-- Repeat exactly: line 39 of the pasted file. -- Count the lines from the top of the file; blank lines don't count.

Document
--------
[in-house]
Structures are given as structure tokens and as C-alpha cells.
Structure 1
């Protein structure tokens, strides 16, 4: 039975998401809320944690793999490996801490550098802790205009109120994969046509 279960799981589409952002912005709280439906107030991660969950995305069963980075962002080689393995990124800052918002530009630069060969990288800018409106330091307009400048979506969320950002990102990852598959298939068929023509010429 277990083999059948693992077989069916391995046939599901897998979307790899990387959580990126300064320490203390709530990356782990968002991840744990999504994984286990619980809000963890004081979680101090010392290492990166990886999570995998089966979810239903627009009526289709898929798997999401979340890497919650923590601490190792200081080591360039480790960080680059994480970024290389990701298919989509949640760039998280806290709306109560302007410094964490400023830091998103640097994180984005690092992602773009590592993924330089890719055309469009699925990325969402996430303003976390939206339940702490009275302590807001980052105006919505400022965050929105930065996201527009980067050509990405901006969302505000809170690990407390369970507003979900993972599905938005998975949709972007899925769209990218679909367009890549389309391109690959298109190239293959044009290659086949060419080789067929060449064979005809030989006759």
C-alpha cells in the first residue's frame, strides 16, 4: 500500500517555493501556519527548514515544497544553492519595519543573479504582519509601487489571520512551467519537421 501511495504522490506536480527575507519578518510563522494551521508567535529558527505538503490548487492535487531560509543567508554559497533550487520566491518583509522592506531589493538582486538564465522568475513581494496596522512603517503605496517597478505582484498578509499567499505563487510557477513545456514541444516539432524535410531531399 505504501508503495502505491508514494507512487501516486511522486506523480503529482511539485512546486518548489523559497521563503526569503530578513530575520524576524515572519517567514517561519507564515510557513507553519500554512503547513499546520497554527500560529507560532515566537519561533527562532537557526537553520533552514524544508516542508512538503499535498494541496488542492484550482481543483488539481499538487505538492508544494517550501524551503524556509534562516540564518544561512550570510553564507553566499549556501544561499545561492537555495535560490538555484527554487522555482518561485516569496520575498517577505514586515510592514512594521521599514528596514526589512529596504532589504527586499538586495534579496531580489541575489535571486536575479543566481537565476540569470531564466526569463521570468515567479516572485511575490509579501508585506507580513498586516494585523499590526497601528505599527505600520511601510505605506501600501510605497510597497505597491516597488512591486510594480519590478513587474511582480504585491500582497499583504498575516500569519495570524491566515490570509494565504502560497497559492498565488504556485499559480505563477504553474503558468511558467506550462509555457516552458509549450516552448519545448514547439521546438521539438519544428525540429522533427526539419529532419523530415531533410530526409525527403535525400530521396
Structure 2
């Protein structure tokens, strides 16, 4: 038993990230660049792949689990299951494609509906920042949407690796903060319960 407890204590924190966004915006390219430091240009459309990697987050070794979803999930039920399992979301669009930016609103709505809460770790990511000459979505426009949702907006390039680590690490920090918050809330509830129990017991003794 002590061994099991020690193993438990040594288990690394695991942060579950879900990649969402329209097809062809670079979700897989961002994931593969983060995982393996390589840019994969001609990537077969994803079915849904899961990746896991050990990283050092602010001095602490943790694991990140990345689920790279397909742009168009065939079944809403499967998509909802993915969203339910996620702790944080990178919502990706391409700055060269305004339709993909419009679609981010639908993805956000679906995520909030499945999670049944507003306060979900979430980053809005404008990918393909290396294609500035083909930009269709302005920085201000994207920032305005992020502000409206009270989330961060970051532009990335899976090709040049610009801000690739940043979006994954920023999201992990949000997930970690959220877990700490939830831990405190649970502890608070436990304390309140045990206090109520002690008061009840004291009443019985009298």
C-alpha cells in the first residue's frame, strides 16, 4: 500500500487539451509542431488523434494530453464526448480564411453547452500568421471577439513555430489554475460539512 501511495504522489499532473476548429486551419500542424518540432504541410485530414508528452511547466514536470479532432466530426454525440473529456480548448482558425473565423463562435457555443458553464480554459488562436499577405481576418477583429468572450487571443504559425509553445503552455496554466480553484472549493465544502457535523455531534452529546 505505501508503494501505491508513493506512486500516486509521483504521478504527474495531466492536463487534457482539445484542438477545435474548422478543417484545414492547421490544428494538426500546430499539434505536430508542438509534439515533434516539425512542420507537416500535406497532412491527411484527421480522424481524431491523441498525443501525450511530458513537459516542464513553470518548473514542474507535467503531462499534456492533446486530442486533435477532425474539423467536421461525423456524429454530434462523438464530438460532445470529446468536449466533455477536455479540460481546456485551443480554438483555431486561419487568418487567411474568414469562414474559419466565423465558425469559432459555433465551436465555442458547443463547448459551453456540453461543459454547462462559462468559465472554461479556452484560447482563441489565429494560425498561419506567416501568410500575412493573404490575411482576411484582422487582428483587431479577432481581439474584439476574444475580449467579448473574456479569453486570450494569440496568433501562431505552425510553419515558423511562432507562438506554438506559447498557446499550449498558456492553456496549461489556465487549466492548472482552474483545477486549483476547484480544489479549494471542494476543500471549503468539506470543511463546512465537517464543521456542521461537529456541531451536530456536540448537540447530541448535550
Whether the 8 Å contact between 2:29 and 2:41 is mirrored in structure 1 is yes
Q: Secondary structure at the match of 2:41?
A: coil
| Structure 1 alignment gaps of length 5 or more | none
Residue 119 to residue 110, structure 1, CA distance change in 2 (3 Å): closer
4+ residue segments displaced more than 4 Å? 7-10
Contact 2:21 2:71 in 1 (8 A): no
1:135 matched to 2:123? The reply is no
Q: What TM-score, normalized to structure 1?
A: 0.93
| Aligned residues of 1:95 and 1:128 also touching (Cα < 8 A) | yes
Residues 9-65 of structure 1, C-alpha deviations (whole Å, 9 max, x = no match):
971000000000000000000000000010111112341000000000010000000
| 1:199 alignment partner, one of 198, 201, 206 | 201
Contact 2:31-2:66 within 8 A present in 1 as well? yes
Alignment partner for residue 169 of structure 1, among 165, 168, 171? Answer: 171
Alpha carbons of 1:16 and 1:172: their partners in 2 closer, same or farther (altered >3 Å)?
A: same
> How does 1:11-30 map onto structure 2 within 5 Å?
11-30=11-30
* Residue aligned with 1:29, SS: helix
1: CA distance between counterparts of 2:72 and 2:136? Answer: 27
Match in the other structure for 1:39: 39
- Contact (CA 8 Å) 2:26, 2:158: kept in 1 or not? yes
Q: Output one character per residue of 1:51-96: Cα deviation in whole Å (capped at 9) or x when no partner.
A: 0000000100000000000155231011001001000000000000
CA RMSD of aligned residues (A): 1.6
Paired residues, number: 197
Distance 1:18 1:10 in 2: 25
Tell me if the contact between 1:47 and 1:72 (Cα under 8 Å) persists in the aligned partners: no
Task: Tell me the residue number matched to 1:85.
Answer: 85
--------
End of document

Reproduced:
Task: Tell me the residue number matched to 1:85.